The Old Man Next Door

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15MIN

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(26 Oct - 1 Nov UK only) UK DIGITAL PREMIERE — Matiu, a war veteran who struggles with PTSD and agoraphobia, is unable to leave the safety of his home since his wife’s passing. Shy student Yvonne from next door, his only visitor in self-imposed isolation, struggles with her own mental health. Distraught when her boyfriend leaves her, she stops taking her medication and soon spirals out of control. Matiu is the only witness to her descent into madness, which poses a threat to her life. He must find the strength within to cross the threshold and save her, or remain a prisoner of his fear...and his conscience.

Director Bio

Aidan Dickens is a Wellington-based film director of Maori and pakeha descent. He has numerous short films and music videos to his credit which have featured in film festivals both locally and internationally. He completed an MA in Screen Production at Auckland University in 2017 and works as a film tutor at Yoobee Colleges. His script ‘The Old Man Next Door’ was a finalist in the 2018 Fresh Shorts funding round through the New Zealand Film Commission.


Director Statement

The idea for this film came to me a few months after my wife was discharged from Te Whare Ahuru, the psychiatric unit at Hutt Hospital, and we were both picking up the pieces of our life together. Among other things, the stress of preparing to move from Auckland to Wellington, and my absence, had led to her experiencing a severe depressive episode which included catatonia and psychosis. It was her second such hospitalization and both episodes had left her severely anxious and agoraphobic on returning home (once the sedating effects of the benzodiazepines, administered only in hospital, wore off). Even the most limited of outings - literally down the road -for her meant overcoming a daily internal “battle” in those first weeks and months.

Drawing on my own struggles in the role of support person during this time - often experiencing disempowerment, frustration and sadness - I felt compelled to tell a story which allowed me to explore my thoughts and feelings about mental health in a way that I was familiar and most comfortable with. ‘The Old Man Next Door’ is a compelling, character-driven drama set in Wellington, New Zealand. Matiu, an elderly Māori war veteran and widower suffers from post-traumatic stress disorder (PTSD) and agoraphobia, unable to leave the safety of his home. When he witnesses the downward spiral of his neighbour Yvonne, however, he finds the strength within to “do battle” with the internal forces that have imprisoned him, in order to save her from herself.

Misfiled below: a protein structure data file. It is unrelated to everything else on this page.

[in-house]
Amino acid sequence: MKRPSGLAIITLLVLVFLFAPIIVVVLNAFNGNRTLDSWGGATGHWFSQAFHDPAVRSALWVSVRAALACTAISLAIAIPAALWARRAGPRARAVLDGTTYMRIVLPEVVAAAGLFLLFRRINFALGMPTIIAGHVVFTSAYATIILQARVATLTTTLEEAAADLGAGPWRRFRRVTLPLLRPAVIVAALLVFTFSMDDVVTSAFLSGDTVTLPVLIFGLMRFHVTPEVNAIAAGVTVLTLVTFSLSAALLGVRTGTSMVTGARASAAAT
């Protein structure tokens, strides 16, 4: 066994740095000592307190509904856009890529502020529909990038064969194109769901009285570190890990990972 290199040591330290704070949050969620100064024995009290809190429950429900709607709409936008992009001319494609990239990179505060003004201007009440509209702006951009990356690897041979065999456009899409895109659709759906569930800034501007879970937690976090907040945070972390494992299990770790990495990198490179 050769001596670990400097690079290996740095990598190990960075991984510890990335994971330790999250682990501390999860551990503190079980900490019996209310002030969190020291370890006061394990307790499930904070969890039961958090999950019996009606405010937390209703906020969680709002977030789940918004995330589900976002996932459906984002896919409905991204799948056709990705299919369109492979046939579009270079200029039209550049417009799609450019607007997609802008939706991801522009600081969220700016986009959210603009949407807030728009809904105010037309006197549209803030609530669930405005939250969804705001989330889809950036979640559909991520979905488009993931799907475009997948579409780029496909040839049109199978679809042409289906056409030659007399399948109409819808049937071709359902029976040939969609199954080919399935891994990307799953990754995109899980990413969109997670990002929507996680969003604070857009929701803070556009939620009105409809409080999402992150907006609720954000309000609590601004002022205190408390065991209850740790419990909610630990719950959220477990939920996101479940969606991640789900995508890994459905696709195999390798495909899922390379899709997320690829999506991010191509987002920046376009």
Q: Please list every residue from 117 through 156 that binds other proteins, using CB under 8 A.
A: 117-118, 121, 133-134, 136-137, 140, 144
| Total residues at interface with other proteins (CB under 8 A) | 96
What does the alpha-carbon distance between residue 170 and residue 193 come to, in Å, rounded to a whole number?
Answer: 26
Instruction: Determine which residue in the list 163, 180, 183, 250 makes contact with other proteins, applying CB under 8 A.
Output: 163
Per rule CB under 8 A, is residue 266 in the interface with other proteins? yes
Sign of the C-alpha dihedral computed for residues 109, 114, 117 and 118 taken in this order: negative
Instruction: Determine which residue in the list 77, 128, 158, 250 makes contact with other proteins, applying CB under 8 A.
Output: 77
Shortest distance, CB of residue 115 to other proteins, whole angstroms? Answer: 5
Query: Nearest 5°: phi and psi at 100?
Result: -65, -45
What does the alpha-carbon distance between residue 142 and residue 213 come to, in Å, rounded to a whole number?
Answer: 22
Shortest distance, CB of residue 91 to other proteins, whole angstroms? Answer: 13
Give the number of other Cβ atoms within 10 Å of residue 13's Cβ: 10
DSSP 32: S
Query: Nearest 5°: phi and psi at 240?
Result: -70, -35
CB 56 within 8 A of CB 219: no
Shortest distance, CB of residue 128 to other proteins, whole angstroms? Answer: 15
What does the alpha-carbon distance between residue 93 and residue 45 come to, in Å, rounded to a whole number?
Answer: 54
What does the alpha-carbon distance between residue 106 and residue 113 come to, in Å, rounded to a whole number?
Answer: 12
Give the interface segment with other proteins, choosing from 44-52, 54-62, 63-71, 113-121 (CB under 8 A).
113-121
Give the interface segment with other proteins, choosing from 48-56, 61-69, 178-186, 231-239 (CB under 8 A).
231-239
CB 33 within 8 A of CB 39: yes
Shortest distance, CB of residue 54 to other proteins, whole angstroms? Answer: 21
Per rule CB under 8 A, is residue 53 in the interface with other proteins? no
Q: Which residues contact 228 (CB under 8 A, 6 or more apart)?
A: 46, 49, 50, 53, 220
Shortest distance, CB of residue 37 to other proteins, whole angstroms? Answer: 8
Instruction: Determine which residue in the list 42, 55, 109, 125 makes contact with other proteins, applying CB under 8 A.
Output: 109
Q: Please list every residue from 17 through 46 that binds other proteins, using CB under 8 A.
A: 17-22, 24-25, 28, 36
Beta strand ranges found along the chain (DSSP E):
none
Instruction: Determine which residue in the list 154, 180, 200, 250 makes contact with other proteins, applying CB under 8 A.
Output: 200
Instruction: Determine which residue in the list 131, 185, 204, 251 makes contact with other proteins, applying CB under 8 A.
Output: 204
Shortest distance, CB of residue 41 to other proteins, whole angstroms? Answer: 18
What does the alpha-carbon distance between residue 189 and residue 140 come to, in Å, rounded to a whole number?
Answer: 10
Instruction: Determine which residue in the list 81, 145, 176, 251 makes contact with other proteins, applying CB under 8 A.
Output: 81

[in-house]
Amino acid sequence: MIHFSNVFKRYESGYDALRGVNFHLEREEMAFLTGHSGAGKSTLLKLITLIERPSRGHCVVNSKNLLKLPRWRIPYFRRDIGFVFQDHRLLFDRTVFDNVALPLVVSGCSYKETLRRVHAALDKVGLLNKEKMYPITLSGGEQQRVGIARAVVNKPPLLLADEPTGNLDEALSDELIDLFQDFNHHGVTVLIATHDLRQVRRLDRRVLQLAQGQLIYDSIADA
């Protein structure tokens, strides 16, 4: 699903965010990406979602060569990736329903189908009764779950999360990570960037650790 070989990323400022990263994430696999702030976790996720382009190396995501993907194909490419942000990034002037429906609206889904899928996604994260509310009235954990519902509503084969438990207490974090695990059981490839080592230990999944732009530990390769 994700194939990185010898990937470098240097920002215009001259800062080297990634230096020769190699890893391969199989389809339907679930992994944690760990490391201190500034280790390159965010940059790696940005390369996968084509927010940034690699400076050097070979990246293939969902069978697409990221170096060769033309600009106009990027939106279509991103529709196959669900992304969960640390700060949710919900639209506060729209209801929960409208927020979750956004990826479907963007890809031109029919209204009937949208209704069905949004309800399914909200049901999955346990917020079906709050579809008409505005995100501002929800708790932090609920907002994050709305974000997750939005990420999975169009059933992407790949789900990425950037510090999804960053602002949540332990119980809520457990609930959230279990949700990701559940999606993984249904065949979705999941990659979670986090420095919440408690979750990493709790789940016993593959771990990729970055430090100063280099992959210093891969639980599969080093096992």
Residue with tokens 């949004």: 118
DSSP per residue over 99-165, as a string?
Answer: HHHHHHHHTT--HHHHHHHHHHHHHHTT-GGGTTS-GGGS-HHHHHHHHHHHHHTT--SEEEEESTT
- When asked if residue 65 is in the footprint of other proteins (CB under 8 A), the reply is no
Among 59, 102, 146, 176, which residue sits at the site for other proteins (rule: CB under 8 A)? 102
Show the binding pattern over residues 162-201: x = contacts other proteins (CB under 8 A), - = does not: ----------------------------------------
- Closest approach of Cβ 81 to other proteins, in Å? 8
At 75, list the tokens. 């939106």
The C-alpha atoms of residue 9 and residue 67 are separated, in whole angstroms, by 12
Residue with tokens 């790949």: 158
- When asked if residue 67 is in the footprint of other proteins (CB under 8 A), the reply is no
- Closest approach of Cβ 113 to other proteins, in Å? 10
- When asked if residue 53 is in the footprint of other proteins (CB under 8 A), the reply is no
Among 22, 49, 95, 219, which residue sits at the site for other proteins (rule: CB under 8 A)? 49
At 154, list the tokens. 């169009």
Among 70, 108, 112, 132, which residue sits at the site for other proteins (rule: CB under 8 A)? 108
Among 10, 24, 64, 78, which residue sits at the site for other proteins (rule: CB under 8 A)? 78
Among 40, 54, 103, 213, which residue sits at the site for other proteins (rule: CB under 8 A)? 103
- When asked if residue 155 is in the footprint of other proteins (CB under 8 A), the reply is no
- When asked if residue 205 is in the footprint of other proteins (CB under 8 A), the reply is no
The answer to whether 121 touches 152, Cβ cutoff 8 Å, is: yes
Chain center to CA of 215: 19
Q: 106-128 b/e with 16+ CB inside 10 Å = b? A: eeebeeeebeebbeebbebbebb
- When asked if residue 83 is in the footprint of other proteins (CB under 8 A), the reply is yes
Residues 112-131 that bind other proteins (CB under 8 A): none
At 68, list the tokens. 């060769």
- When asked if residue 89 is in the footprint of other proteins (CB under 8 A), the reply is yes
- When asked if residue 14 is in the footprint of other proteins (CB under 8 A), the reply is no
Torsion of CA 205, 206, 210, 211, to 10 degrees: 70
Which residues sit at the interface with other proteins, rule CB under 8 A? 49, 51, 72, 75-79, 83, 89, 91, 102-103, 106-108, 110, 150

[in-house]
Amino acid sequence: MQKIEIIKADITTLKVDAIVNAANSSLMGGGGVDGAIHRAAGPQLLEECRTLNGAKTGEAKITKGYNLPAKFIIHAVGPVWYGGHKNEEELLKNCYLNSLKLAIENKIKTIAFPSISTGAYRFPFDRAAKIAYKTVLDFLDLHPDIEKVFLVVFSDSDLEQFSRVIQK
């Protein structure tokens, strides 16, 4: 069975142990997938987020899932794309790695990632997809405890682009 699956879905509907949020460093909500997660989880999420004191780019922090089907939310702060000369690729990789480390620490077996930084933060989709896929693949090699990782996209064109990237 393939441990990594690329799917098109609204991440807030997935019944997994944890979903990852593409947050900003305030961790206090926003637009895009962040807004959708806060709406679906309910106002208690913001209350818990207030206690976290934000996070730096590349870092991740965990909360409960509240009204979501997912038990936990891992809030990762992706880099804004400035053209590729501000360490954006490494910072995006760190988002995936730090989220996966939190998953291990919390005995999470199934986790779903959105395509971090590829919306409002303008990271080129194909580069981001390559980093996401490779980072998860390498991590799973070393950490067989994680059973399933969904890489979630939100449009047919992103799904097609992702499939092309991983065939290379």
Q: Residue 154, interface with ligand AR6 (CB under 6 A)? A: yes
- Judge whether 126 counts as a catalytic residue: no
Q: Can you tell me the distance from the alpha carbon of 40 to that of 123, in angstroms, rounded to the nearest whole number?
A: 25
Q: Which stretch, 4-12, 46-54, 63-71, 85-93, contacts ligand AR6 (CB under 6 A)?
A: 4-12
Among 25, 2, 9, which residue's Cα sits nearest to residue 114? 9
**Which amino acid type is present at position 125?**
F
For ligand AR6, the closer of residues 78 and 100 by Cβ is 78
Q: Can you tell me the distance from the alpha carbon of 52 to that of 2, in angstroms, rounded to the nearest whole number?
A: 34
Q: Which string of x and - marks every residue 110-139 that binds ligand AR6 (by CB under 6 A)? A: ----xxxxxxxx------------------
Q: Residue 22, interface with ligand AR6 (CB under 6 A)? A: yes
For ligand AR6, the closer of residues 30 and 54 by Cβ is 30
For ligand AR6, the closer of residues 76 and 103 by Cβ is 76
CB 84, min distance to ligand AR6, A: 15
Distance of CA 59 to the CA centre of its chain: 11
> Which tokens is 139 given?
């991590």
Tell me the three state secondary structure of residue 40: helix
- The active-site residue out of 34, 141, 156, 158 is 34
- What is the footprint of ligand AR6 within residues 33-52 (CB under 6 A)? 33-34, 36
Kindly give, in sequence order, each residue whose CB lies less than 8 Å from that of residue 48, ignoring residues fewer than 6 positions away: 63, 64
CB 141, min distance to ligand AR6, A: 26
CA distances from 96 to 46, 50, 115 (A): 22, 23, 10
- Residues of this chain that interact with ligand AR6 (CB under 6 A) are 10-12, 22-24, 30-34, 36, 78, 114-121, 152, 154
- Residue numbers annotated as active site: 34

My vision of the journey of Matiu, from broken war veteran to hero who saves the life of the girl next door, is reflected in the cinematography and art direction. In particular, an emphasis on closeups and tight shots evokes a feeling of claustrophobia. Most of the film is shot in small, enclosed spaces, and much of it is shot at night, which really helped to give the feeling of being trapped. Matiu’s house looks worn and devoid of any warmth, more like a cave than a home; used to his dark prison, he avoids sunlight like a nocturnal creature.

The actors’ performances were key to capturing the emotional depth of the characters, and I worked extensively with them to this end. The editing really pulled everything together, capturing those moments of tension and drama between the characters. In terms of music and sound, I sought to let the drama speak for itself, employing a minimalist soundtrack. Silences were particularly important to build tension.

Through the filming process I have seen my initial vision come to life in a very organic way. I was fortunate to work with a richly talented and experienced cast and crew, without whom the success of this project would not have been possible. 

Aidan Otene Dickens

Credits

Directed by Aidan Otene Dickens

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